Common issues that I have encountered with clients who have failed to make sure all the pieces of a plan are in place include:
- A lack of a backup plan. What if your planned transition to successors fail? You might know exactly what family or employees you’d like to take over your business, but any number of things could go wrong before the succession is complete. Having a Plan B gives you options in case of unforeseen complications.
- Not including successors in the strategic planning process. Have you asked your planned successors to be part of setting goals for the future? Successors need to be part of the process when determining how to focus energy and resources of the company. Their input, agreement and understanding of that decision-making process is vital to the continued success of the business after your departure.
- Estate plans done wrong — or not done at all. Have you consulted with a tax expert? Someone who is well-versed in estate taxes and successions can greatly minimize the tax burden on your successors and loved ones.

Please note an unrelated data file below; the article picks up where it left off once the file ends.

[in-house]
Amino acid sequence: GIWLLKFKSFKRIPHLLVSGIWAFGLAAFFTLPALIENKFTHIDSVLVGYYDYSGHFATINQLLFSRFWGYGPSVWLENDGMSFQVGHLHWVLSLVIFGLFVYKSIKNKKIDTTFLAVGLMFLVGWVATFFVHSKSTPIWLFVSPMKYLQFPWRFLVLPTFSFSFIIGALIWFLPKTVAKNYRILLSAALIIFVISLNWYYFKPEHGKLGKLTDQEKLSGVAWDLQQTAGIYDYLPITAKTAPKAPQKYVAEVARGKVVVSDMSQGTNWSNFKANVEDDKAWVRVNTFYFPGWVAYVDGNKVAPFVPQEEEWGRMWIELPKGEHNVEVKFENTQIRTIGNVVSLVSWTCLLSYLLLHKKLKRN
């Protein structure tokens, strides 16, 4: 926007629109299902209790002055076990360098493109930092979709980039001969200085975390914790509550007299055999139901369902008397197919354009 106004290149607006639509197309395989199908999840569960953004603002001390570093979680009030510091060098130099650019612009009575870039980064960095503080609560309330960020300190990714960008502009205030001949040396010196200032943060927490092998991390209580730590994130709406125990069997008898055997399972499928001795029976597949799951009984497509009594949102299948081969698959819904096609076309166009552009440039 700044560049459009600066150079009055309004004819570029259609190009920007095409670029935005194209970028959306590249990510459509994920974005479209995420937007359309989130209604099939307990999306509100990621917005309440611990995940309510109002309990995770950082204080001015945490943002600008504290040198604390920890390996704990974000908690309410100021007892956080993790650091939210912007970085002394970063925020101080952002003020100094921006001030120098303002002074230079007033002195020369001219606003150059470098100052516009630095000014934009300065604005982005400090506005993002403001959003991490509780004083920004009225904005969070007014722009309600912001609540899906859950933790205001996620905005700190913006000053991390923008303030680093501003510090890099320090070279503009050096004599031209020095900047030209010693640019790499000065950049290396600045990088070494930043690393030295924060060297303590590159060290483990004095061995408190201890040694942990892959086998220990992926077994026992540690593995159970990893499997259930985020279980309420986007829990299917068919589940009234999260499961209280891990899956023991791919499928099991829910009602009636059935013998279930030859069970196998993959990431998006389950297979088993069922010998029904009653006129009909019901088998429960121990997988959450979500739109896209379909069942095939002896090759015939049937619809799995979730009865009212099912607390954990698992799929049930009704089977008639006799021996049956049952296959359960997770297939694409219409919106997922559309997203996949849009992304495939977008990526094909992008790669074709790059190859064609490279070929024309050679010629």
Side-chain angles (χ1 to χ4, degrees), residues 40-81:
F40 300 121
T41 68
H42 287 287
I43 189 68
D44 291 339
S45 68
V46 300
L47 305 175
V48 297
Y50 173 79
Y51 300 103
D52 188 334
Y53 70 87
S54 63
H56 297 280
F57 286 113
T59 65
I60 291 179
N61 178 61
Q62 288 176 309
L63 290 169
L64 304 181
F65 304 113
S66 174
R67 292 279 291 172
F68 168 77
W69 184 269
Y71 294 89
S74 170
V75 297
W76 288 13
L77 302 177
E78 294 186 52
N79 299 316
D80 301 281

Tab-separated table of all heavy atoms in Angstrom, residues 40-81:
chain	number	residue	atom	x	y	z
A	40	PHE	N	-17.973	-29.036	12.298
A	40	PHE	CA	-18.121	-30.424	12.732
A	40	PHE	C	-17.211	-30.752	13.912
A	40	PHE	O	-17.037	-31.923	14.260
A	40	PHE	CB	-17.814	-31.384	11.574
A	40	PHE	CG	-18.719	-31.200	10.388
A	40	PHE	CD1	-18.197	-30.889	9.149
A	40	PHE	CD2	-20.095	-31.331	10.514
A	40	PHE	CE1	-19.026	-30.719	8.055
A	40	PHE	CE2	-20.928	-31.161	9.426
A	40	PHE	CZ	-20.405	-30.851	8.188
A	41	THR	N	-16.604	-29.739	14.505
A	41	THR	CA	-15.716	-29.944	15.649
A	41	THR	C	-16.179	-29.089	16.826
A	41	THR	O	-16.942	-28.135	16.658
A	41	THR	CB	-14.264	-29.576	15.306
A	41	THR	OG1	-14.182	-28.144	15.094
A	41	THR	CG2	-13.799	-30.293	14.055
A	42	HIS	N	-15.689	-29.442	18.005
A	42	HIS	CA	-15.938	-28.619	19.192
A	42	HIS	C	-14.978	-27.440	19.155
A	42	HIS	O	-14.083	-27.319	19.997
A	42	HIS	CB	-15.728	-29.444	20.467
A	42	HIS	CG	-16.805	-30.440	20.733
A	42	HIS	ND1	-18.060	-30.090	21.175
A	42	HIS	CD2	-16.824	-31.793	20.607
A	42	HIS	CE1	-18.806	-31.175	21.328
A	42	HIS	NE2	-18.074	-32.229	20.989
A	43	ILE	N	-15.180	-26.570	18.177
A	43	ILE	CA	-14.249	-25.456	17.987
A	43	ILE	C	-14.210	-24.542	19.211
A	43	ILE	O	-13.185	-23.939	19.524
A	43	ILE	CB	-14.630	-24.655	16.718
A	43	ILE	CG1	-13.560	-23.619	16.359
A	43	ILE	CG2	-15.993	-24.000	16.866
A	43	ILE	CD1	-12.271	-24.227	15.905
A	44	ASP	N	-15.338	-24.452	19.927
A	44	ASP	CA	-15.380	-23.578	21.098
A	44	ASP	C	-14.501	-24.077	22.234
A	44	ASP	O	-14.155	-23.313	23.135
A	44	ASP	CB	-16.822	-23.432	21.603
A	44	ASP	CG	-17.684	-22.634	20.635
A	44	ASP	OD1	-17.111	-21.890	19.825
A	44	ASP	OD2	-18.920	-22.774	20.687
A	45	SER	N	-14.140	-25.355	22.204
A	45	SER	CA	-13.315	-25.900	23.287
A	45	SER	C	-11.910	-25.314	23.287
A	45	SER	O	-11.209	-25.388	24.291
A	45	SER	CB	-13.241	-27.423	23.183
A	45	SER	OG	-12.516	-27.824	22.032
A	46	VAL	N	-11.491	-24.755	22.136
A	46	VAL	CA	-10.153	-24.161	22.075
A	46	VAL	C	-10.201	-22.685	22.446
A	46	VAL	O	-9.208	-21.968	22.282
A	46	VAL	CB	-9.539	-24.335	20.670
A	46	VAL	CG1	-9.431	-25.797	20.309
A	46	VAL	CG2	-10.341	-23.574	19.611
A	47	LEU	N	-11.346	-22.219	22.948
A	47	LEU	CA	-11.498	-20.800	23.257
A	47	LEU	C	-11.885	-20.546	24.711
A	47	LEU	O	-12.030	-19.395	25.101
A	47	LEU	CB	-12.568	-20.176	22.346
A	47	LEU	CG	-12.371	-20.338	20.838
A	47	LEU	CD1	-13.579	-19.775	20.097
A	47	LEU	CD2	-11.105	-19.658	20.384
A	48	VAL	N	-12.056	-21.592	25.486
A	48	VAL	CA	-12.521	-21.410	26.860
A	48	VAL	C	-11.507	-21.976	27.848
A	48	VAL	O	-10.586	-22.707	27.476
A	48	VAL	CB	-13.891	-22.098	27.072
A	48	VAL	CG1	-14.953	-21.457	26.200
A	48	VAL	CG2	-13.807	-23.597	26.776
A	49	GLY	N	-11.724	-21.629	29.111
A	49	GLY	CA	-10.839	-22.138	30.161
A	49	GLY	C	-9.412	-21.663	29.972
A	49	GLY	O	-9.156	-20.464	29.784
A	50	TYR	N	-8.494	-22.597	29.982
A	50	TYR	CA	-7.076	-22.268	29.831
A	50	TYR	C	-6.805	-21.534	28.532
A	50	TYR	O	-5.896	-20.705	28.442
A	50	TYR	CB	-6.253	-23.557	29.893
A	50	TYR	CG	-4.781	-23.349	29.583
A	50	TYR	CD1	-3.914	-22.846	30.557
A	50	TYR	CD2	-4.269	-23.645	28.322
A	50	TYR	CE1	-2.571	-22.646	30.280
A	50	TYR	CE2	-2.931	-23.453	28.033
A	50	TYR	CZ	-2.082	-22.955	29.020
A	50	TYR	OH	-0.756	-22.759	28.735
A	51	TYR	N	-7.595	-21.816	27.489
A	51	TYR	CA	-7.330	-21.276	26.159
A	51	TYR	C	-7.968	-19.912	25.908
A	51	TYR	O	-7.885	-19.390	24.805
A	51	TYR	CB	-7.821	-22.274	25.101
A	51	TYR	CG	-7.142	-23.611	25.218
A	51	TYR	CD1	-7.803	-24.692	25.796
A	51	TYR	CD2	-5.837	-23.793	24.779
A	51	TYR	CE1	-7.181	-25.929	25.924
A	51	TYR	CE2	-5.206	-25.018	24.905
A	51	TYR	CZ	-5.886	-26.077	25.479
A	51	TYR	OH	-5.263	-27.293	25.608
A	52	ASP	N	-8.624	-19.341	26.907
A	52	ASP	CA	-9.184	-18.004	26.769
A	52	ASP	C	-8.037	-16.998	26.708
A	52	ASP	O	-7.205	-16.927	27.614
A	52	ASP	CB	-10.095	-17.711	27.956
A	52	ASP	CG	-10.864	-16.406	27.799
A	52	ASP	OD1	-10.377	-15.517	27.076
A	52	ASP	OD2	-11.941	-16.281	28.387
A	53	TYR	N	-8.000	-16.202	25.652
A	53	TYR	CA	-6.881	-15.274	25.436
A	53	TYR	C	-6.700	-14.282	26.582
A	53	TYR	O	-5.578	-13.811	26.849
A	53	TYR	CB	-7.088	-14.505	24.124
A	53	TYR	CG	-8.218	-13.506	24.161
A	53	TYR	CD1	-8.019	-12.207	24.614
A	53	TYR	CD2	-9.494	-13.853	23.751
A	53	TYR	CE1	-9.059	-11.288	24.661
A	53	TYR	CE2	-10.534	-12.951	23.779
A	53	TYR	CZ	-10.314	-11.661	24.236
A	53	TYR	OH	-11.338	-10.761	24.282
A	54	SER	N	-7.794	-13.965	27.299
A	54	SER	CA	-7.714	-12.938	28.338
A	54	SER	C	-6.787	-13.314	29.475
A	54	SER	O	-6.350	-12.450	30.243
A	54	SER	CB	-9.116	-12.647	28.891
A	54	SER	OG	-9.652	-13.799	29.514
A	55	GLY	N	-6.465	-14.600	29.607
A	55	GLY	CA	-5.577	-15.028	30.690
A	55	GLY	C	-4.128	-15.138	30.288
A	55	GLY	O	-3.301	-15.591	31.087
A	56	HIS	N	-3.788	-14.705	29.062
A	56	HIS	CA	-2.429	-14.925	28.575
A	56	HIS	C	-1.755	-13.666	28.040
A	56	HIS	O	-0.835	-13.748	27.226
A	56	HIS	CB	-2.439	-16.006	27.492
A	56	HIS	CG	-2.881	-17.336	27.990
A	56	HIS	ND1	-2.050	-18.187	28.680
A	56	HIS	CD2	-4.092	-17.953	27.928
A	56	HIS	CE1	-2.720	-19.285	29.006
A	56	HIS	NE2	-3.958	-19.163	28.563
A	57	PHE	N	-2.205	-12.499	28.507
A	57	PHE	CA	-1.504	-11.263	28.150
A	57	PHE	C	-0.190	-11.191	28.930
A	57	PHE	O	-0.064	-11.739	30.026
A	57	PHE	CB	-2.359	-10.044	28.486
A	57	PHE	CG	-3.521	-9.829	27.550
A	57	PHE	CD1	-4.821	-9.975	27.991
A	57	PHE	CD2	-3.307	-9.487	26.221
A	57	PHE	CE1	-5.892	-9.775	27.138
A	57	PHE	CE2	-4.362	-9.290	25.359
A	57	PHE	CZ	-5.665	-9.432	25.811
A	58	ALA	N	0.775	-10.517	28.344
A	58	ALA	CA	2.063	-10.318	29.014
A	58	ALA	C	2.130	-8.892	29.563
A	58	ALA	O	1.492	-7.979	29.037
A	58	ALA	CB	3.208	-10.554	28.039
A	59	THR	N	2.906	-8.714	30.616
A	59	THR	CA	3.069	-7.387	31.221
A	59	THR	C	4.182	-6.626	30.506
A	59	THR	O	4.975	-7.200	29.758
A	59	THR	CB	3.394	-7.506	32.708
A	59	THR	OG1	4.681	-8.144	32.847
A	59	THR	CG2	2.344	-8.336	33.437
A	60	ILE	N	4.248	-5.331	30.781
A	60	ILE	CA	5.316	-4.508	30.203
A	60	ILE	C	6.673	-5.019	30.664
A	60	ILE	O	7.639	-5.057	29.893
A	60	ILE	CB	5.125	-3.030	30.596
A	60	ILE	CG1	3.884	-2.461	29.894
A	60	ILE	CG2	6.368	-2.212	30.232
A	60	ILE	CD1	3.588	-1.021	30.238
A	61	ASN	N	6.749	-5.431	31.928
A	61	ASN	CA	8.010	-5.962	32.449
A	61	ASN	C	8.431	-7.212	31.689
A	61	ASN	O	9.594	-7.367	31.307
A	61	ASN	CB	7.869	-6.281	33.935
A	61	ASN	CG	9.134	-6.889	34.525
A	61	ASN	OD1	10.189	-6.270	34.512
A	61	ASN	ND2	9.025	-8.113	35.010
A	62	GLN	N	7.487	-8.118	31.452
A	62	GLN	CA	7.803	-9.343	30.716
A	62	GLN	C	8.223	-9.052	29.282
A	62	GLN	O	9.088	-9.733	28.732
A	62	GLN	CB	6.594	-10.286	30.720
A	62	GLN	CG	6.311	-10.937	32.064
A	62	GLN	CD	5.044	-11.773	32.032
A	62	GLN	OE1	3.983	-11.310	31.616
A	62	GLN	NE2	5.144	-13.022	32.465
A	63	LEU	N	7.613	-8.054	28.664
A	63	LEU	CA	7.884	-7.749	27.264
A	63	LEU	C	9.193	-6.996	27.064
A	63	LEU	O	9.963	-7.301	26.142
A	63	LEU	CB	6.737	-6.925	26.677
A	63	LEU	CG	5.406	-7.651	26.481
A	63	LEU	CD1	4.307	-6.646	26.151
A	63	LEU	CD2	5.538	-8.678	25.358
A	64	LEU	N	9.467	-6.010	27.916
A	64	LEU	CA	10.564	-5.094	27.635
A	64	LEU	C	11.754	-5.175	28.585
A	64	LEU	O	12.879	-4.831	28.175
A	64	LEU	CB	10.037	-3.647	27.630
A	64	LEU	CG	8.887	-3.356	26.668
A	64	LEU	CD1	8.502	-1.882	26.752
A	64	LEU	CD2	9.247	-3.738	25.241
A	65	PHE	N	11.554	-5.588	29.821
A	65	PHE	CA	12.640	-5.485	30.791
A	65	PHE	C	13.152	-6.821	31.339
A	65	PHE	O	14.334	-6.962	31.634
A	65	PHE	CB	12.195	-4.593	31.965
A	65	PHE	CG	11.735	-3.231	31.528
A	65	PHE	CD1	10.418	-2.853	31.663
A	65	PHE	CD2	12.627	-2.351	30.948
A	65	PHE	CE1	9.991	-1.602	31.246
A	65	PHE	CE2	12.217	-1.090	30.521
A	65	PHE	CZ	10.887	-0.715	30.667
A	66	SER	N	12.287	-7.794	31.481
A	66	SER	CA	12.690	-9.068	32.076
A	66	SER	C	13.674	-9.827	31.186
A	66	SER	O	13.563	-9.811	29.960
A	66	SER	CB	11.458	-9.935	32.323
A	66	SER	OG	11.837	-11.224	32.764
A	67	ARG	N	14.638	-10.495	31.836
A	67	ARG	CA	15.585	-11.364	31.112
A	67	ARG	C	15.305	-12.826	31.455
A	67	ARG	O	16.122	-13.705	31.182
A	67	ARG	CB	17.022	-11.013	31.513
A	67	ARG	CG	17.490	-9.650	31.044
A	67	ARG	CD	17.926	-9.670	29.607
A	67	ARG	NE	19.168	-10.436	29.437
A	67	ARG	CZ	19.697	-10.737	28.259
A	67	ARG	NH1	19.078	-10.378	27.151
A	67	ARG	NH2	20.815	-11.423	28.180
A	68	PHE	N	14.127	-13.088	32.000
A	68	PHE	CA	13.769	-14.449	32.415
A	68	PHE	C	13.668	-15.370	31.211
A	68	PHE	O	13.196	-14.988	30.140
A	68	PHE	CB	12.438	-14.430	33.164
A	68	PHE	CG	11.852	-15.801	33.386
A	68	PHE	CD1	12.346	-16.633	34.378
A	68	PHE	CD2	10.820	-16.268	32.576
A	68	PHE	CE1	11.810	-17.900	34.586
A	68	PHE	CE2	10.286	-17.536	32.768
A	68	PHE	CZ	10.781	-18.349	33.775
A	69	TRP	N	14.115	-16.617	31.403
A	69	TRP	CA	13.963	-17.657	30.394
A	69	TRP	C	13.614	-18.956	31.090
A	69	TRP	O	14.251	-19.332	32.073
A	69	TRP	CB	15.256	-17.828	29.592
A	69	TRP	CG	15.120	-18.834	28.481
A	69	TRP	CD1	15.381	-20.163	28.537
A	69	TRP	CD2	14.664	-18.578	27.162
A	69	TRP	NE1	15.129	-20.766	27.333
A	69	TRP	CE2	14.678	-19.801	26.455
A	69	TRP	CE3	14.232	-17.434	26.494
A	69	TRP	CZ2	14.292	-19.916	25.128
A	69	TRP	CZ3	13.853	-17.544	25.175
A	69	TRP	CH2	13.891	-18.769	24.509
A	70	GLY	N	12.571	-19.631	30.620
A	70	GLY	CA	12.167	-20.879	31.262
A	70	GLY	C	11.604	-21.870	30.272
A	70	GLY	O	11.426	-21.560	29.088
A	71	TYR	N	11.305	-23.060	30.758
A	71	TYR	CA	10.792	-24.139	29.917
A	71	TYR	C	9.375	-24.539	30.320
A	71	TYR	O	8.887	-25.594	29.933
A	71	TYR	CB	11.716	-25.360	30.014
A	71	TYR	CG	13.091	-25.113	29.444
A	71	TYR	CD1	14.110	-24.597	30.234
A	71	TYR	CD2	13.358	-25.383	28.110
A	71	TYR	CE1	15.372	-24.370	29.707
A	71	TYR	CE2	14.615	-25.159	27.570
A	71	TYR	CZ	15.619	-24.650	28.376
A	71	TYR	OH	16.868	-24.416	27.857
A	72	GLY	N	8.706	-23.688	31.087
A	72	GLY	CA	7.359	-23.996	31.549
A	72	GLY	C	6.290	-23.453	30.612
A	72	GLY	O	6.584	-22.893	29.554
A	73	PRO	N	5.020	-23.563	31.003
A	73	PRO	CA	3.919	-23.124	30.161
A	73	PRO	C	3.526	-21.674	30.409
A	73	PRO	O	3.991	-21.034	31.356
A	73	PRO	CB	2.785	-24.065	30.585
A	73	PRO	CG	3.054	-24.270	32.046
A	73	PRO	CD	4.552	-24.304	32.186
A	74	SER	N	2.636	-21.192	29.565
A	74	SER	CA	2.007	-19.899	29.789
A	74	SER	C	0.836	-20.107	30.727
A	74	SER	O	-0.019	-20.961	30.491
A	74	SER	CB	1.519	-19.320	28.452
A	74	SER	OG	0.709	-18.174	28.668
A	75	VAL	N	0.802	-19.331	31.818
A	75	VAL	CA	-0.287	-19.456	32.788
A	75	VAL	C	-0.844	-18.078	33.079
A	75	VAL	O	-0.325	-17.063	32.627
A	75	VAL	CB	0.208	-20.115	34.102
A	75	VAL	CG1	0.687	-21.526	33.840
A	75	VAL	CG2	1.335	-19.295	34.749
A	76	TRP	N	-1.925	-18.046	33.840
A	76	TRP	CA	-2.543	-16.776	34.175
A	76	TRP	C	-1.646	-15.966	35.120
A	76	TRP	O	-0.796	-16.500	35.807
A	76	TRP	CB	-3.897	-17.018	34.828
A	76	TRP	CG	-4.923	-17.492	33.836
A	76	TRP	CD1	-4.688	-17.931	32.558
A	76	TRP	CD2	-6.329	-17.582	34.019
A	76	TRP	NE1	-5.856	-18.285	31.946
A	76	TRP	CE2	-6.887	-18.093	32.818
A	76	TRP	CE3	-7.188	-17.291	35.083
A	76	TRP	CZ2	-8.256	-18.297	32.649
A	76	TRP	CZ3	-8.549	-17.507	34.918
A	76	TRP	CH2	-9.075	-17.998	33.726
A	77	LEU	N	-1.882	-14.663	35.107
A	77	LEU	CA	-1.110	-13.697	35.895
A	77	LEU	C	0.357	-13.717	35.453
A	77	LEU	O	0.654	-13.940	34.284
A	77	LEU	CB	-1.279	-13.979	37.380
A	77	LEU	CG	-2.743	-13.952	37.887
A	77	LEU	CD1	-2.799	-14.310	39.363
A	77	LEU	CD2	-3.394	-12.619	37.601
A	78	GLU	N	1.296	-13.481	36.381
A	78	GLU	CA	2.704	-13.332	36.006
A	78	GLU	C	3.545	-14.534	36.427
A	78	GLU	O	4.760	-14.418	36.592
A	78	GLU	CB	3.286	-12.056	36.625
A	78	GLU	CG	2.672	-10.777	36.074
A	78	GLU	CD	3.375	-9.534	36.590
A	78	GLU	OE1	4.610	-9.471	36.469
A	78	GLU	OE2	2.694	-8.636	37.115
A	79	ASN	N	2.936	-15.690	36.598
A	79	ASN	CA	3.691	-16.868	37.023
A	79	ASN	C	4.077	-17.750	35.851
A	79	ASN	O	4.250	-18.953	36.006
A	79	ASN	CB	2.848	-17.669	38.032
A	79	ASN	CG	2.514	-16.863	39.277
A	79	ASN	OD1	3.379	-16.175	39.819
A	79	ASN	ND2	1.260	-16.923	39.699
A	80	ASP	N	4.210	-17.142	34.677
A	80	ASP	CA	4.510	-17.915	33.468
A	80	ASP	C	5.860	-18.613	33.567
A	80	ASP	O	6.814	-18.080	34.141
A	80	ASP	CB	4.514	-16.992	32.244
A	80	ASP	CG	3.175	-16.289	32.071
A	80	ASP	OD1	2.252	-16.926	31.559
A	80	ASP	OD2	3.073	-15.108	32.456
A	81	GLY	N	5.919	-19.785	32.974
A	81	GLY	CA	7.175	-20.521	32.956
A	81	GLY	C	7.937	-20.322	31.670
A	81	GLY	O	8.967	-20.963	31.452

- Failure to create a “bridge management” structure. Have you addressed what happens in case you are no longer able to run the business but the successors are not yet ready to take over? A “bridge manager,” typically a seasoned executive, can run the business and mentor successors until they are ready to assume control, creating a bridge between your departure and the successor takeover. By having a written agreement to that affect, you can smooth over a transition in case of your premature or unexpected departure from the business.
All of these issues take time and care to resolve. Start planning early so that you and your successors can avoid problems later.
Sale details can sink deals